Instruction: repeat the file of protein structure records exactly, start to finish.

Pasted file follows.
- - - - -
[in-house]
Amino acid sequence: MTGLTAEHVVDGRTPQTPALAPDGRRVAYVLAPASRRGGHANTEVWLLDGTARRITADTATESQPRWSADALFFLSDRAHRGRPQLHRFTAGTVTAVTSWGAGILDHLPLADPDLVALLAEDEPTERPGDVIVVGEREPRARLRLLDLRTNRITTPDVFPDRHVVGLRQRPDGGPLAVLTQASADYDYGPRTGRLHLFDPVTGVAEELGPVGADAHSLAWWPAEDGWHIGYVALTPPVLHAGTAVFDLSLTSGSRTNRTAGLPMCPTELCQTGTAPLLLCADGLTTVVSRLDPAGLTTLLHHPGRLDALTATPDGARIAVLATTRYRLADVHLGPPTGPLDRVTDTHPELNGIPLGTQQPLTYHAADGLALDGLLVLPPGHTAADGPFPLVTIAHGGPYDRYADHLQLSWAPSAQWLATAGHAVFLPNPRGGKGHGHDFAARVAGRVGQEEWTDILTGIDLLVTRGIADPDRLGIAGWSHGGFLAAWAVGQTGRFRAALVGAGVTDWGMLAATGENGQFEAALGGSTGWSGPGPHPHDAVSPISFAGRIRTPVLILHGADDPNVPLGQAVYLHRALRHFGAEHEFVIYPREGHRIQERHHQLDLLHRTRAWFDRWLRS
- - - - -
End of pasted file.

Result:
[in-house]
Amino acid sequence: MTGLTAEHVVDGRTPQTPALAPDGRRVAYVLAPASRRGGHANTEVWLLDGTARRITADTATESQPRWSADALFFLSDRAHRGRPQLHRFTAGTVTAVTSWGAGILDHLPLADPDLVALLAEDEPTERPGDVIVVGEREPRARLRLLDLRTNRITTPDVFPDRHVVGLRQRPDGGPLAVLTQASADYDYGPRTGRLHLFDPVTGVAEELGPVGADAHSLAWWPAEDGWHIGYVALTPPVLHAGTAVFDLSLTSGSRTNRTAGLPMCPTELCQTGTAPLLLCADGLTTVVSRLDPAGLTTLLHHPGRLDALTATPDGARIAVLATTRYRLADVHLGPPTGPLDRVTDTHPELNGIPLGTQQPLTYHAADGLALDGLLVLPPGHTAADGPFPLVTIAHGGPYDRYADHLQLSWAPSAQWLATAGHAVFLPNPRGGKGHGHDFAARVAGRVGQEEWTDILTGIDLLVTRGIADPDRLGIAGWSHGGFLAAWAVGQTGRFRAALVGAGVTDWGMLAATGENGQFEAALGGSTGWSGPGPHPHDAVSPISFAGRIRTPVLILHGADDPNVPLGQAVYLHRALRHFGAEHEFVIYPREGHRIQERHHQLDLLHRTRAWFDRWLRS